What I am happy about is that the IHF is seriously thinking about getting the credentials of many foreign coaches and I hope that a suitable, knowledgeable coach is available. Say, a coach like Rick Charlesworth, whose credentials are beyond question, and who it seems from his statements holds Indian hockey close to his hearts.
Also, remember that as hockey is being played in the world today Australia is probably the only nation which still conforms to the 2-3-5 formation of the Dhyan Chand era. Even India and Pakistan have tried a lot of modifications and a lot of systems. But not only have the Aussies mostly kept to the original 2-3-5 system, they have adapted that to astroturf. The results may not be have been bombastic ' they should have won more times ' but they have been playing top class hockey for the last 25 years.
They have been unlucky not have been able to win the Olympic gold till this year, but that's plain unlucky, not lack of playing ability. The Aussies have not fallen into the European-style trap, though we can see that the Aussies are super fit, which probably no Indian and Pakistani player can ever think of being.
| India need stars like Pargat Singh
The best idea seems to me is a mix and match of true Indian style hockey and long, quick passes and counter-attacks. An Australian will be able to teach us best.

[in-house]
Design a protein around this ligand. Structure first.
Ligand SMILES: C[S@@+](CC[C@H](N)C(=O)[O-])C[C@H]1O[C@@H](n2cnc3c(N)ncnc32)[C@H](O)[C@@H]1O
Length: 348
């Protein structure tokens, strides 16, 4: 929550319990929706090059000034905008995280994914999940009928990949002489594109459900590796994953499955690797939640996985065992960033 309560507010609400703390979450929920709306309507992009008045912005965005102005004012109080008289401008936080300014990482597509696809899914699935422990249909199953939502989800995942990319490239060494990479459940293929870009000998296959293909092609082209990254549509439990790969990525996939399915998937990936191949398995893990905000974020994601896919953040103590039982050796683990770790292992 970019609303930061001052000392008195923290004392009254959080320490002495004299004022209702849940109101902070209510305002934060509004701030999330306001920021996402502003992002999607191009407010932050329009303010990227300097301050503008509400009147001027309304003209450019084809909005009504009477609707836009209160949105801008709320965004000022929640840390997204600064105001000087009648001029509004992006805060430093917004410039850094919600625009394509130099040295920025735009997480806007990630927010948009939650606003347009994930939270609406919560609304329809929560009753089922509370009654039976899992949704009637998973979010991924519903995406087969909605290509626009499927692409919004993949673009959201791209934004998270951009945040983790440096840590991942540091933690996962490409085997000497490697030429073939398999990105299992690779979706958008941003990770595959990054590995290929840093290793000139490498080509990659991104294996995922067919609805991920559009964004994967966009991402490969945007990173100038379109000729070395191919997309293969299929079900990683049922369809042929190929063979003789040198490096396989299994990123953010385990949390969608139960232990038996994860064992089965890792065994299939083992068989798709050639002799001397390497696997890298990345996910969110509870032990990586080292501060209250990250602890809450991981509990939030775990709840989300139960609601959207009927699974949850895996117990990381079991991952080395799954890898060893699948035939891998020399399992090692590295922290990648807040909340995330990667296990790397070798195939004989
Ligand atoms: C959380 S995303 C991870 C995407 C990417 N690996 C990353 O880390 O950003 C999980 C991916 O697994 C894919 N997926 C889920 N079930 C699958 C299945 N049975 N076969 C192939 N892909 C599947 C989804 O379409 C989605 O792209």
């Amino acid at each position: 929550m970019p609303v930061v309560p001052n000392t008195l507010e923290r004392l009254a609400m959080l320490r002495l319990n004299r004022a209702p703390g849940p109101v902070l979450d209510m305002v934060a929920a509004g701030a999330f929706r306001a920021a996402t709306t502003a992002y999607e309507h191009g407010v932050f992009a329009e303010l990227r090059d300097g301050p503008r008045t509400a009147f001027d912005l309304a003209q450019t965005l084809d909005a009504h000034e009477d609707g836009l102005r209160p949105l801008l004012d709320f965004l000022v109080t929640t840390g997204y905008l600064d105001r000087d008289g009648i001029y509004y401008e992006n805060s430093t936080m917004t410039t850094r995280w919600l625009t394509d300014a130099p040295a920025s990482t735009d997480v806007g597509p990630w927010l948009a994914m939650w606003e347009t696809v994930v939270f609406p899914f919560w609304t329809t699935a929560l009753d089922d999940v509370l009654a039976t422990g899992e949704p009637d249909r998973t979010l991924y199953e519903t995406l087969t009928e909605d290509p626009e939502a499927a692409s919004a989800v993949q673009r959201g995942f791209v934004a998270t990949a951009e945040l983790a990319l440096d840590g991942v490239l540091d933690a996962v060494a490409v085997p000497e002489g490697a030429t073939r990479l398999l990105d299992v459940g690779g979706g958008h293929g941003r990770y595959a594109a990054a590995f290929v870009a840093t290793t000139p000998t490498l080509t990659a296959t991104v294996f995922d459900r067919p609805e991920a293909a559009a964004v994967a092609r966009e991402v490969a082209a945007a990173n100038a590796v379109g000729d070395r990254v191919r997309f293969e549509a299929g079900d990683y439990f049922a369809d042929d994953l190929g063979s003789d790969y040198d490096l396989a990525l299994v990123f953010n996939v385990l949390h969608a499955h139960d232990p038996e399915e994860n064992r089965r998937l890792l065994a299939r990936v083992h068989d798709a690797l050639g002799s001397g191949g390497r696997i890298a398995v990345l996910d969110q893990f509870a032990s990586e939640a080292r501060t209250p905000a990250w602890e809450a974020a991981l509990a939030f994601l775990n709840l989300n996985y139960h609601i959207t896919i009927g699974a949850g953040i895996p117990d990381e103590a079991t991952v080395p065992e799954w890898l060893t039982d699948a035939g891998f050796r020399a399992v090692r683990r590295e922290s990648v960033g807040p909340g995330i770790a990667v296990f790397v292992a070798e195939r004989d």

The other thing, regarding astroturf, is the Holland factor, as well as Spain. We should look at them and learn. We need far more astroturfs in India. We need the juniors to grow up on astroturf. There is no alternative to that.
At this stage we are missing the natural flair and ability of the former Indian players.
The last few players I can think of are probably Ashok Kumar, Ajit Pal Singh, Pargat Singh, Mohammed Shahid, Dhanraj Pillay' What Indian need today are stars like these. Pakistan have time and again produced many like Shahbaaz, Islauddin, Samiullah, Aktar Rasool' We should not curb our natural flair. That is our basic capital.
I hope that, as I have said earlier, we build for the next four years. I hope in 2005 we are able to show some results, but even if it doesn't come I won't be unhappy. I'd hope we are positively building towards a brighter future.